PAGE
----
Original Settlers of Walker County
Contributed and transcribed by: Frances Cooley
Source: History of Walker County, Georgia
One of the most
difficult as well as the most interesting parts of collecting data for the county history has been that of securing
the names of the first settlers in the county. In some sections it was comparatively easy, as well as, I hope,
practically correct; while in other parts it was difficult to find any old people who could give the names of the
pioneer citizens of their section, with any degree of certainty. In some instances I have secured the names of
first settlers from old records, as, for instance, the James R. Jones and the Blackwell registers, mentioned elsewhere.
The author has tried to get names of those who settled in the county during the first fifteen or eighteen years
of its history, that is, up to about the year 1848 or 1850.
Some of these pioneers settled here as early as 1830, or maybe earlier, but the majority came during the later
thirties and in the forties.
Numerous others, who came later than 1850, might have been recorded as original settlers, in that they entered
and settled land never before occupied, building a home and clearing virgin land and establishing an original homestead
thereon. However, I tried to draw the line about 1850.
It has been impossible to determine from where most of the early settlers originated.
Many of the first settlers in the Armuchees—probably a majority—hailed originally from South Carolina, some from
Some of them came direct from those states, while others had spent one or more years in some of the counties of
eastern or middle Georgia before coming to this county.
Probably a majority of the early settlers in the Cove, and in the Rock Spring section and the region further north
came from Tennessee.
General speaking, the first settlers in the southern and eastern parts of the county came originally from the Carolinas,
while those in the western and northern parts came from Tennessee. Many of them, however, came from other Georgia
counties or from other states.
Practically all the early settlers were farmers and were in search of some of the fine virgin lands lying among
the valleys of this section.
The Cherokee country had been surveyed by order of the Legislature in 1831. After the survey these lands
were disposed of by lottery. According to this plan any soldier of the Revolution, or of any of the Indian wars,
or their widows or orphans were entitled to draw.
The following list of original settlers has been compiled after careful inquiry in every section of the county.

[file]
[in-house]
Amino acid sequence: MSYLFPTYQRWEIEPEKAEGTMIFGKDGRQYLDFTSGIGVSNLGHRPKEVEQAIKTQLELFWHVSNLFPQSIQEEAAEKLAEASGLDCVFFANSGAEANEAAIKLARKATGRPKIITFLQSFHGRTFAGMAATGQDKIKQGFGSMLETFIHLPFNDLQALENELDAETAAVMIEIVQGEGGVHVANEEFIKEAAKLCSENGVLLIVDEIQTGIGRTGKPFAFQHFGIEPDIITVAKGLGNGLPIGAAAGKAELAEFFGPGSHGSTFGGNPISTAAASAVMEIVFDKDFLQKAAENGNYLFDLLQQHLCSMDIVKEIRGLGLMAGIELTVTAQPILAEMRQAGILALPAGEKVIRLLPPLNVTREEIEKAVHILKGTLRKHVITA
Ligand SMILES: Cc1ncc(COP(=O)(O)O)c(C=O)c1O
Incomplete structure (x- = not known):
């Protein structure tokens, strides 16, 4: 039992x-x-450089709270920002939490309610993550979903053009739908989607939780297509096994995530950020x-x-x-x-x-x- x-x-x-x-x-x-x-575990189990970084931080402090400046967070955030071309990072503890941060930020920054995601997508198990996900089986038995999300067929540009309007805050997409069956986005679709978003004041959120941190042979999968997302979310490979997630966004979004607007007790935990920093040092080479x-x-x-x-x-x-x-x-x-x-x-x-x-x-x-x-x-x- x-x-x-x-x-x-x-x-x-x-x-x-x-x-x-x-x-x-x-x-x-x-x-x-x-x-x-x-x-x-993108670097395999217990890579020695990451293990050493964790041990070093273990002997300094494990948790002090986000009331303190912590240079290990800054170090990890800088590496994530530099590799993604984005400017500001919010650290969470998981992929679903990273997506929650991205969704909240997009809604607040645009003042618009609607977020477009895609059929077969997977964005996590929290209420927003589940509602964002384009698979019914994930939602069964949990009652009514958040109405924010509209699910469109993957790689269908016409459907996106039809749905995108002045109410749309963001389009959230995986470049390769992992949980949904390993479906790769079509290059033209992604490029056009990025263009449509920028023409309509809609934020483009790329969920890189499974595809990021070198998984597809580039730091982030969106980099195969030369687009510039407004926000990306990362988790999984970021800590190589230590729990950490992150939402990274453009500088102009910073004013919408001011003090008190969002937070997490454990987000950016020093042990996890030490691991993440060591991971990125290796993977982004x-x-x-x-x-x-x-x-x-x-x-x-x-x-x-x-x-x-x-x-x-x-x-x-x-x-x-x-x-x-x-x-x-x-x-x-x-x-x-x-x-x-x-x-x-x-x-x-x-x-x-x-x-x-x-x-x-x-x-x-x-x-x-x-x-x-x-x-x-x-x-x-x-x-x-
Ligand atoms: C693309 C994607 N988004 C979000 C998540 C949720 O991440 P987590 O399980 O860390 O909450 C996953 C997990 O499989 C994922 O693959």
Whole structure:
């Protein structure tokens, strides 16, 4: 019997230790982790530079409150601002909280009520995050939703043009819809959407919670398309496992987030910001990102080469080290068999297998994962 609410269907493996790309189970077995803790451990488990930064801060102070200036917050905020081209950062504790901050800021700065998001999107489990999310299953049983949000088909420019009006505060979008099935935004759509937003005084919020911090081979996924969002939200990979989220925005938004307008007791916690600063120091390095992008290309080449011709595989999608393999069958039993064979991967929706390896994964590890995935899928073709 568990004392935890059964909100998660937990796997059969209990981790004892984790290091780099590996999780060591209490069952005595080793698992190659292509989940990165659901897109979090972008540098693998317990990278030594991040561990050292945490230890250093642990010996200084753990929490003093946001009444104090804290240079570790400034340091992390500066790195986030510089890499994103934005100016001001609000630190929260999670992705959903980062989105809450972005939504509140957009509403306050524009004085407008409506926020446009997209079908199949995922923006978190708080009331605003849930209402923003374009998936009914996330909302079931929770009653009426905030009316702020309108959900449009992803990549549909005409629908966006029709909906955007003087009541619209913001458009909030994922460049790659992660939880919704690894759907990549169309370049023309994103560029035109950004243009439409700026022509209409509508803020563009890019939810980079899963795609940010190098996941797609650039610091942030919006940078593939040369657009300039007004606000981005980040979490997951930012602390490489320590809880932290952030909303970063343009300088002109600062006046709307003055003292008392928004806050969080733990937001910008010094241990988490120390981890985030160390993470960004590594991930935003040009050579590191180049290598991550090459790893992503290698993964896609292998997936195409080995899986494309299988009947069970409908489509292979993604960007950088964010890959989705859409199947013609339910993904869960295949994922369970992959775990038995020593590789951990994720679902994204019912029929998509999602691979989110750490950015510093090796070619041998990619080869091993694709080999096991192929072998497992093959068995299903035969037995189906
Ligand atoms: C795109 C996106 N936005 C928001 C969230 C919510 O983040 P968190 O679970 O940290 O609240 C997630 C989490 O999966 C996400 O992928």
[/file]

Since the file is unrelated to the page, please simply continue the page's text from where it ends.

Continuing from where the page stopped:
This list is not correct in every particular. No doubt numerous names have been left out, and it is probable that
some few are included that should not be. They have been arranged according to militia districts and it is
likely that some errors are to be found in this grouping. The list follows:
Benjamin Hunt, Sr.
Dr. Adam Clements
John A. Tate
Wm. Hammontree, Sr.
A. C. Ward
W. M. Underwood
Jacob Goodson, Sr.
L. D. Vandiver
John B. Suttle
Ira L. Bennett
E. A. Evans
Hugh A. Smith
George W. Reed
Major Moses Crow
James F. Coulter
"Wolf" A. J. McDaniel
H. B. Colquit
James H. Clarkson
A. J. McDaniel
E. P. Thompson
James H. owery
H. G. Fuller
George Glenn, Sr.
R. H. Dyer, Sr.
S. D. Dyer
Thomas F. Gordon
W. D. West
Robert Lindsay Wallin
D. D. Singleterry
Jacob R. Brooks
Stephen B. Phillips
Dr. Robert Burton Dickerson
Dr. Albert Clendennon
John R. Wardlaw
J. C. Culberson
James H. Culberson
R. M. Aycock
W. A. Moore
Dr. James Barry
B. F. Davis
A. B. Culberson
Thomas N. Nash
Dr. Green Gordon
Wm. H. Johnson
Hugh Boudinot Johnson
Judge W. M. Black
John B. Wheeler
John B. Pike
Joshua T. Dickey
M. C. Butler
Judge John Wicker
Billy Mitchel, Sr.
Robert Richard Shields
Major J. M. Shields
James R. Jones
J. T. Deck
Hiram T. Gill
John M. Lawrence
J. T. Renfro
A. E-. Rogers
Sr., Thomas Adams
A. H. Johnson
James Willis Dunn
Peter S. Anderson
Thomas G. McFarland,
John Buie McFarland,
A. B. S. D. Wilson, Sr.,
Wilson and Duck Creek
John C. Lumpkin
John Williams, Sr.
Amzi G. Dickson
Milum P. Roger.
Following the close of the Civil war and for some
25 or 30 years, or till about the year 1890, there was an almost continuous exodus of citizens of the county emigrating
During the seventies and eighties, especially, very
many people of the county left each fall seeking new homes beyond the Mississippi river. The county paper
during the fall and winter months was filled, so to speak, with notices of sales, both of lands and personal property,
and of families leaving for the west.
Texas, Arkansas and Missouri were the states to which
most of them went. Many of those who went during that time bought lands and settled in that section and prospered;
many others became dissatisfied and after a year or two returned to old Walker County and decided to remain at
In this way numerous of the original settlers
of the county, and their descendants, disappeared entirely from its history.
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